7/11 and after
I used to be a lawyer. Today, I’m a victim.
Twenty years after 11 July 1995, how are we to remember “Srebrenica”? Is there any neutral location from which we remember? From which position am I remembering 7/11? From a position of a citizen of the Federal Republic of Yugoslavia (consisting in 1995 of Serbia and Montenegro), who cannot but remember that in the first years of post-Yugoslav warfare, Serbian soldiers who came back from the Croatian and Bosnian fronts reported to the Belgrade patriotic press that the best things in the war were “shooting and fucking” (pucanje i tucanje). Am I to remember “Srebrenica” as a citizen of the current Serbian state, then, I must say that in spite of the fact that a number of Serbian intellectuals are still waiting for a “Serbian Willy Brandt”, none of Serbian former and current presidents acknowledged the truth that Serbian (para-)military forces who on 7/11 performed the massacre of more than 8.000 Muslim male citizens of Bosnia and Herzegovina, stopped short in calling it genocide. Any attempt to apologize end up with the (Serbian) claim that “all sides” involved in the wars suffered, which come to mean “we” were “all” victims of “others.”
Or should I remember 7/11 from a feminist positioning and reiterate that post-Yugoslav wars, as wars in general, were gendered endeavors. But is there a unison feminist location? Feminist activists and theoreticians (both local and foreign) paid less attention to the Srebrenica massacre of Bosniak men in 1995 than to the issue of “powerless raped Bosnian women,” which around 1993 divided feminist circles into two opposed camps: one called for “nationalist feminism” insisting on the victims ethnic origin, stressing the fact that the majority of the female victims were Bosniak and Muslim (raped by the Serb armies); the other position was spoken by those feminists and feminist groups primarily from Zagreb who asserted that the rape and violence against women is a crime against humanity.
What I could remember over the last twenty years after “Srebrenica” is that every nationalist/ethnic account emerging in Bosnia and Herzegovina has been formulated and officially carried out as the discourse of victimhood. This discourse is tightly linked to, even conditioned by the politics of remembering. The major visualisation of the victim, which run – and still runs – in Bosnian-Herzegovian, Bosniak and foreign media is the representation of nameless and voiceless “Srebrenica woman” – survivor, displaced person, homeless, and refugee – wearing white headscarves, indicating that she is in mourning. This image, even if it points to the rural setting, is powerful, no doubt. The problem is that this (media) image de-individualises and generalises the memories of women who survived the war, each of them having personal and different memory about her losses: about male family members massacred in Srebrenica whose bodies are not yet identified, about inability to mourn on the grave of the deceased, about absent homes, about their pre-war lives and post-war traumas.
Today, a number of (female) artists living and working within the borders of (Dayton-made) Bosnia and Herzegovina – filmmakers, visual artists, and poets – along with a smaller number of Bosnian scholars are engaged in constituting their post-war society relying on a re-politicized imagination, focusing on the individual, personal witnessing and working out of the war’s past: they are offering in their works alternative forms of mourning – establishing a “politics of hope” (Damir Arsenijević).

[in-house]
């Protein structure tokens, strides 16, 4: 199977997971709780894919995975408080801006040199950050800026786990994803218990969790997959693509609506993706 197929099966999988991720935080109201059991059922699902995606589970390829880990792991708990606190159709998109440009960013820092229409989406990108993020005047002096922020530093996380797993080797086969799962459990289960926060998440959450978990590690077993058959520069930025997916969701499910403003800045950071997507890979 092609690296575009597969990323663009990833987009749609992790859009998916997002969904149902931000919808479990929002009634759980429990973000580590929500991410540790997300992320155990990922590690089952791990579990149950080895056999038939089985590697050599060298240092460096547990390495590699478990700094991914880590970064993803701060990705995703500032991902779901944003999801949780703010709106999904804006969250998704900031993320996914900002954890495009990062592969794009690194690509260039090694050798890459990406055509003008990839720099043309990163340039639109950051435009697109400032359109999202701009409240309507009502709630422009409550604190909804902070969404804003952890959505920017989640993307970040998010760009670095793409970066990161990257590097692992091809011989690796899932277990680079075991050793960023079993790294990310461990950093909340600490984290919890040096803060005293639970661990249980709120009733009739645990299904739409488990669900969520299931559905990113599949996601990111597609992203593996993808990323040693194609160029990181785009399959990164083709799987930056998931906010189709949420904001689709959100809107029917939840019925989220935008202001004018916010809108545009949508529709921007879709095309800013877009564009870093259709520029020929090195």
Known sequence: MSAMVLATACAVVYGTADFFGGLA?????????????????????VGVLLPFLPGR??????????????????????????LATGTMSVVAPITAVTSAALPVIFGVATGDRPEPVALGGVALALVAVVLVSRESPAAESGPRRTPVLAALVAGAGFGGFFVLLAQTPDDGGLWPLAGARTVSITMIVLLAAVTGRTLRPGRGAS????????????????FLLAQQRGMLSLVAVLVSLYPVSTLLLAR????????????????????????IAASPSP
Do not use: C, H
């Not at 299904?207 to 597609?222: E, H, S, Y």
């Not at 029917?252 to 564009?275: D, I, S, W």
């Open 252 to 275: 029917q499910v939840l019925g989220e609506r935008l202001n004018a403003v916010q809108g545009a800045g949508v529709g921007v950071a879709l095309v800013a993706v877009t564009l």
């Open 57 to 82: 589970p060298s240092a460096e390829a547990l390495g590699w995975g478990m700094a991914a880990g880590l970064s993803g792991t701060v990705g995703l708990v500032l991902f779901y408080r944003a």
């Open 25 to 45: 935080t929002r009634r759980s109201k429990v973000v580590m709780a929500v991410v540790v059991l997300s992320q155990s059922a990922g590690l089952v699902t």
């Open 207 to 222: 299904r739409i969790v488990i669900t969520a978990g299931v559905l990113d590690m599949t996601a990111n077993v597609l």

These politicised artistic and theoretical gestures do indeed challenge the state-coordinated politics of commemorations that took and will take place in the Memorial in Potočari on 11 July 2015. In his outstanding article “The New History of Death” (2007), Mark Jarzombek remarks: “Initially, the alternative language of commemoration was created in opposition to the efforts of the state, but this is certainly no longer always the case… The state nowadays is interested in themes of trauma, having recognised the political advantages of victimhood. And this, of course, allows metaphysics to crawl back into its accustomed place.”
Berlin, April 2015.
In 2015, this text was published as part of the exhibition and publication project SREBRENICA TODAY, which was initiated on the occasion of the commemoration of the 20th anniversary of the Srebrenica genocide and the signing of the Dayton Agreement and shown on 11 July at the Srebrenica-Potočari Memorial Center as part of the official commemoration ceremony.
Publisher: ERSTE Foundation, 2015
Editor: Christiane Erharter
Photographs by Dejan Petrović
Texts by Boris Buden, Erhard Busek, Slavenka Drakulić, Doraja Eberle, Haris Pašović, Bojana Pejić, Wolfgang Petritsch, Jasmila Žbanić
Supported by Doraja Eberle in cooperation with “Bauern helfen Bauern” – Bratunac
The exhibition was also displayed in the premises of ERSTE Foundation in Vienna, at the Cultural Center Parobrod in Belgrade, at the European Forum Alpbach, and, in 2016, in Philantropy House in Brussels. Twenty years after the genocide SREBRENICA TODAY was a visual portrait of the town and its residents showing moments of everyday life in the town of Srebrenica and its surroundings.
The exhibition was comprised of eight posters. Each of them featured photo-portraits of the residents, their everyday life or professional activities. These portraits were combined with texts by personalities from the fields of politics, arts and culture.